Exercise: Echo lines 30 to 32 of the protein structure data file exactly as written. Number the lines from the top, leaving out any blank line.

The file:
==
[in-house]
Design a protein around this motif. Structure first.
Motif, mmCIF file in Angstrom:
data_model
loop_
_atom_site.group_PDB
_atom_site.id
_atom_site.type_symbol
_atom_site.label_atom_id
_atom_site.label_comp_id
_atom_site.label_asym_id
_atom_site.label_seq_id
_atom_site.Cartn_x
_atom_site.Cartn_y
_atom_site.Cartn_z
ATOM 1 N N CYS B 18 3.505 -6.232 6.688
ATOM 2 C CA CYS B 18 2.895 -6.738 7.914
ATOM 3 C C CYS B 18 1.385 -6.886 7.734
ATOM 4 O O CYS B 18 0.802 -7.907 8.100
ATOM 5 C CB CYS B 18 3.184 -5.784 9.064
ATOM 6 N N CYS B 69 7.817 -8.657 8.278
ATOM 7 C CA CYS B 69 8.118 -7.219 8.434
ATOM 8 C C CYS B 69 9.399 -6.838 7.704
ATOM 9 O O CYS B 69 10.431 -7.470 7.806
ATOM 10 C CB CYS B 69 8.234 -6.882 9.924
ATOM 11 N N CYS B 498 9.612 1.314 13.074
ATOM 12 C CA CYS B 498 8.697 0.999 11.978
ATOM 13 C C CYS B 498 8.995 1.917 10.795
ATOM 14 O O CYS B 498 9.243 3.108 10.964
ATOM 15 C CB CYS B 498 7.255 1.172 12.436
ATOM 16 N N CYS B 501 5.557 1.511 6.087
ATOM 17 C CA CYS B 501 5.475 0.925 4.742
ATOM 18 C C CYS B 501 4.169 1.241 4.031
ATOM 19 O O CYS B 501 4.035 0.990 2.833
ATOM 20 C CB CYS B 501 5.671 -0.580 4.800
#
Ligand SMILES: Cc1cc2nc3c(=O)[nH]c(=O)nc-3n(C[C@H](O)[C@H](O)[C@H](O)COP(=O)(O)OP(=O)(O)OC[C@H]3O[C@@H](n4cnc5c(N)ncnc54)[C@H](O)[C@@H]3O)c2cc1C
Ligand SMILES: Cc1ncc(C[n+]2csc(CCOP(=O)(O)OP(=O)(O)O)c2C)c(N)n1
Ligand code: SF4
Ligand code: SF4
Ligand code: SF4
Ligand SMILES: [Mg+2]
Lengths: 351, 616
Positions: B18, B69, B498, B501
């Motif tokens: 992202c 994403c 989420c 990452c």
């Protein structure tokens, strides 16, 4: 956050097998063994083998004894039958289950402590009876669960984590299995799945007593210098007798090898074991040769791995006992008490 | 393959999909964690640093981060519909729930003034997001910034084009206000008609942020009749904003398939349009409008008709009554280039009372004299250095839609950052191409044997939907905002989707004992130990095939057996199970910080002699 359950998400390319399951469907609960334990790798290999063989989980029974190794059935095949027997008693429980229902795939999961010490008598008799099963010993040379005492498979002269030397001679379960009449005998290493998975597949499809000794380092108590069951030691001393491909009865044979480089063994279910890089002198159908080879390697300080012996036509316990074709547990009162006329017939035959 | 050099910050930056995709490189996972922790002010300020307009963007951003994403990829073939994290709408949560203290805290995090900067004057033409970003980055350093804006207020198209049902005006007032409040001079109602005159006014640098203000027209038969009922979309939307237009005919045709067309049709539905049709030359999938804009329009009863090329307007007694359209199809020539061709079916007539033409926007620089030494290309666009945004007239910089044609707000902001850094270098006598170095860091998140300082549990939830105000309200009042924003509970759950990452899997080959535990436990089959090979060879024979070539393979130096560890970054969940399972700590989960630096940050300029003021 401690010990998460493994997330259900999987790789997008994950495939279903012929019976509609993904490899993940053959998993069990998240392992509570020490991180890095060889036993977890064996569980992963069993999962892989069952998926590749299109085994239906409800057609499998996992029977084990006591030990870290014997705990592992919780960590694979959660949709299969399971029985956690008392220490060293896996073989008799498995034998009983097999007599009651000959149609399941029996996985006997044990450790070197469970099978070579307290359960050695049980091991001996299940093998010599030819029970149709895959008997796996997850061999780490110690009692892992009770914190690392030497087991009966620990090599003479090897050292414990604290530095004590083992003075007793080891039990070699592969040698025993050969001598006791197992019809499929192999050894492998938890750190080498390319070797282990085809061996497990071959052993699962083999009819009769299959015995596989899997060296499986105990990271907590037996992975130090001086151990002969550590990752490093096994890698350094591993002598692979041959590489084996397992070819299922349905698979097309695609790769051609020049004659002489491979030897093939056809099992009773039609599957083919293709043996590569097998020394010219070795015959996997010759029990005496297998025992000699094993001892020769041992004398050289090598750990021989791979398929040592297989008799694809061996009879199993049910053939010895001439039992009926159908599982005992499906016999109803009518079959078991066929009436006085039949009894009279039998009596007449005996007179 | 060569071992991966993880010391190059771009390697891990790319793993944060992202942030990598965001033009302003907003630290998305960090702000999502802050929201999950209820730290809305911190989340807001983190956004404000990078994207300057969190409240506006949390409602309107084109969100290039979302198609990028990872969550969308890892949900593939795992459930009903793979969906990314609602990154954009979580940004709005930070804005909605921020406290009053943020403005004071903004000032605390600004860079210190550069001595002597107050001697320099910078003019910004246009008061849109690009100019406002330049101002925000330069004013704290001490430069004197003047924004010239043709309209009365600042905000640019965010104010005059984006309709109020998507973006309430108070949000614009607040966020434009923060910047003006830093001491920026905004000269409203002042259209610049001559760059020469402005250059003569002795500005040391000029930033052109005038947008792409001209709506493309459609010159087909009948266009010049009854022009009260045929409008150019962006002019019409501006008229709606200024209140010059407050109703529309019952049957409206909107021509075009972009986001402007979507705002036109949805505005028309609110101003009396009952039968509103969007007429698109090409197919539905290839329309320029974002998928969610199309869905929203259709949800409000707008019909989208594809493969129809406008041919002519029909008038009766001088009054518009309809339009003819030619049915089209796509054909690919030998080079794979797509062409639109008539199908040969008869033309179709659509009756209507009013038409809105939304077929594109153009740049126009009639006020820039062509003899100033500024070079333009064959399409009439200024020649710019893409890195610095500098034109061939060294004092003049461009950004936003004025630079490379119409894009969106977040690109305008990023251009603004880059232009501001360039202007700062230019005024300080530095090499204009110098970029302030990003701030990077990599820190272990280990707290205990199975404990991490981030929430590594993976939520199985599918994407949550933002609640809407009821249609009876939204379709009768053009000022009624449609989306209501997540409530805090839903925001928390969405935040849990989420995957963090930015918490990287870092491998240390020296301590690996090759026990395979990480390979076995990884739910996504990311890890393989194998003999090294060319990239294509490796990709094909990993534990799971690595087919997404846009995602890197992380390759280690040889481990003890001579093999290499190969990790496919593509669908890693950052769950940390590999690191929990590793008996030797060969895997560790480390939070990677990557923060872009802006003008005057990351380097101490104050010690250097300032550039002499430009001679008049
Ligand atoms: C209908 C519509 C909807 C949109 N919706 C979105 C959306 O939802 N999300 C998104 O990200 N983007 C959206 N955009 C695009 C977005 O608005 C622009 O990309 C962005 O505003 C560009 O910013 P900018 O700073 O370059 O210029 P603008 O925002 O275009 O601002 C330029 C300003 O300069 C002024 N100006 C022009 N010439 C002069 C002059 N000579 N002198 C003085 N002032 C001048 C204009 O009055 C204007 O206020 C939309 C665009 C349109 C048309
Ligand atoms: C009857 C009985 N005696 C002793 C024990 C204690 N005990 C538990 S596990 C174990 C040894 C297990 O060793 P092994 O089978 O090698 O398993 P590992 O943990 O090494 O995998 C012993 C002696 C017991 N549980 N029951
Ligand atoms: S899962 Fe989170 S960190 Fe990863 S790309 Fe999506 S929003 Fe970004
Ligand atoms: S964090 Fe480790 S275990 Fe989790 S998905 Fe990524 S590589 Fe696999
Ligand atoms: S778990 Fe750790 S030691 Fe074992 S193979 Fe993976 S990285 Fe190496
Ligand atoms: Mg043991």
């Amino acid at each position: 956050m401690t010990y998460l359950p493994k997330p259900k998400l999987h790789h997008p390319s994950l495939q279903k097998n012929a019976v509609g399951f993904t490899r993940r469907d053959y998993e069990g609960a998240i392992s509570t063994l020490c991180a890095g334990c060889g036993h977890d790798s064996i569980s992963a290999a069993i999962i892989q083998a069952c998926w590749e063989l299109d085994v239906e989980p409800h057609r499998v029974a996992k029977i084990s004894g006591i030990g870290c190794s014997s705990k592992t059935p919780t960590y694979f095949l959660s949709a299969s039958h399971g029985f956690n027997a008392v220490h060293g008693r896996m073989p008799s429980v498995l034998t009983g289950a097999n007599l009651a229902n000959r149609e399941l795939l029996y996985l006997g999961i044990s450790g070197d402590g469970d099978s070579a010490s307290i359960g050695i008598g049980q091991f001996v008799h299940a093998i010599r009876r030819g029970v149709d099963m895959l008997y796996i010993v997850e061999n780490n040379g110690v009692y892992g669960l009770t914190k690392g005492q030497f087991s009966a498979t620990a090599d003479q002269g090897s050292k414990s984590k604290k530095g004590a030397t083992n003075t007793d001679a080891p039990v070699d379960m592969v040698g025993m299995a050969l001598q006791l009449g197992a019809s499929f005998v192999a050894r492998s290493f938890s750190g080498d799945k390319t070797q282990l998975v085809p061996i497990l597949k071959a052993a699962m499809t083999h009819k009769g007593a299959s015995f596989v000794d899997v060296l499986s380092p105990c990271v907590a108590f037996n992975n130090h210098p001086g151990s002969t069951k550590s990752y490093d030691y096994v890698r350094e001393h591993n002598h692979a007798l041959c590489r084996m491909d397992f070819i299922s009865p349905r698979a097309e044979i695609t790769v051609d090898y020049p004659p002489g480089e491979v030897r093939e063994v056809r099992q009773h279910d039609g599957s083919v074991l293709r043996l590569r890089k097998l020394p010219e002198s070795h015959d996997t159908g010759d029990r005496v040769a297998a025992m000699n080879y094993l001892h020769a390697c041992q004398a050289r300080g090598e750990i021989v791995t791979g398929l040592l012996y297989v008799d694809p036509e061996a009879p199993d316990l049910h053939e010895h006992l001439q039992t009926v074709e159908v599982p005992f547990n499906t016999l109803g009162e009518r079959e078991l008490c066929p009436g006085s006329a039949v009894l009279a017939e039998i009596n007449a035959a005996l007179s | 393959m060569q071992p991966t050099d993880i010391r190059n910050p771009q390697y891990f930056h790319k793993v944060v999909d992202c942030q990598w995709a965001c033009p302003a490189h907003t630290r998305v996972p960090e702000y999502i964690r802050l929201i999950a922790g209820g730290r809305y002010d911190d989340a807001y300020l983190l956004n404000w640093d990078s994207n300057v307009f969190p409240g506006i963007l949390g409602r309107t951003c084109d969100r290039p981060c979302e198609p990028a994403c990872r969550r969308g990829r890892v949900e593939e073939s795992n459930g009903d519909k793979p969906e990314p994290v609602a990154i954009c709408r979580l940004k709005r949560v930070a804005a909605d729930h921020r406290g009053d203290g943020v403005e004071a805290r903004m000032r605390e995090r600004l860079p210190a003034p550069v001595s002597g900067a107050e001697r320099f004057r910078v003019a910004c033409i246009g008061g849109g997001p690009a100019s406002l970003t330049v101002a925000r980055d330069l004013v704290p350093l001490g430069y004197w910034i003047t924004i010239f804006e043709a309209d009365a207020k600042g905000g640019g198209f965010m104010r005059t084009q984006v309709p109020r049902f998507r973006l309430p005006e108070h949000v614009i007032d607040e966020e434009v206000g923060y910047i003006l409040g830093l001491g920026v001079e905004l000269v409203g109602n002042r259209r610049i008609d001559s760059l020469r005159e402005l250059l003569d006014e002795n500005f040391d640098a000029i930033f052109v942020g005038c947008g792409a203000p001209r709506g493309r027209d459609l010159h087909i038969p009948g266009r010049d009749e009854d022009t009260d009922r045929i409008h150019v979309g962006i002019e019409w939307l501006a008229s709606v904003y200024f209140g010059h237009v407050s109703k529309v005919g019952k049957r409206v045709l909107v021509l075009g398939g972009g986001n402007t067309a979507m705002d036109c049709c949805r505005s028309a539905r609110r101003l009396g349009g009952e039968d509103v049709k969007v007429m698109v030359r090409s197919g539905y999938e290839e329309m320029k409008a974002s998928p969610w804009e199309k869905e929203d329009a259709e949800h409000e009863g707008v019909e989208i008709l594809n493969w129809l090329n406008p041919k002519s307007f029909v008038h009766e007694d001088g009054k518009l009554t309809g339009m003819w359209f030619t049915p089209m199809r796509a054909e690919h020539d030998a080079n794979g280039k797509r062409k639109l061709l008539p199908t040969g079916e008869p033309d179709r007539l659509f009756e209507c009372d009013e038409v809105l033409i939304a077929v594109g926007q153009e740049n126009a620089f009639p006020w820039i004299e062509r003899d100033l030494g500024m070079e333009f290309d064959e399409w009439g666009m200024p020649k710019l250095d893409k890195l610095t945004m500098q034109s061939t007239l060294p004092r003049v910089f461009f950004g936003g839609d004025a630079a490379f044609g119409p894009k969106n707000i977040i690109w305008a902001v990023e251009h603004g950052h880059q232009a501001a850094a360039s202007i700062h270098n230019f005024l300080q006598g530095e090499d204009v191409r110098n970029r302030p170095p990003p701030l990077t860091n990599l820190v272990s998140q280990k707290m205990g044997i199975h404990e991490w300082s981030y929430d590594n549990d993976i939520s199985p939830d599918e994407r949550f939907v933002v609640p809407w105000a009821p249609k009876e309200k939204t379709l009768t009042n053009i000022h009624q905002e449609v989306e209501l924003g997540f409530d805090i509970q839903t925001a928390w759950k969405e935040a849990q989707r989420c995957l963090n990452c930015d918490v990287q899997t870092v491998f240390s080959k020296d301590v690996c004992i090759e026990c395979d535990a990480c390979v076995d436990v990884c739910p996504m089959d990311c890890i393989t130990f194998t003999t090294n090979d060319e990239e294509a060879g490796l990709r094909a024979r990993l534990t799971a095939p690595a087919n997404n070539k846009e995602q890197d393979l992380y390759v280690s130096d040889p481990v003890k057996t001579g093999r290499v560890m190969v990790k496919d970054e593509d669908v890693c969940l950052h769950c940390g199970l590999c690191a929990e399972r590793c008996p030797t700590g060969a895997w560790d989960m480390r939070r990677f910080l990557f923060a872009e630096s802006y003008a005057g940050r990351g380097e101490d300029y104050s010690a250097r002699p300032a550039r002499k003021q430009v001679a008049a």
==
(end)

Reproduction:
ATOM 15 C CB CYS B 498 7.255 1.172 12.436
ATOM 16 N N CYS B 501 5.557 1.511 6.087
ATOM 17 C CA CYS B 501 5.475 0.925 4.742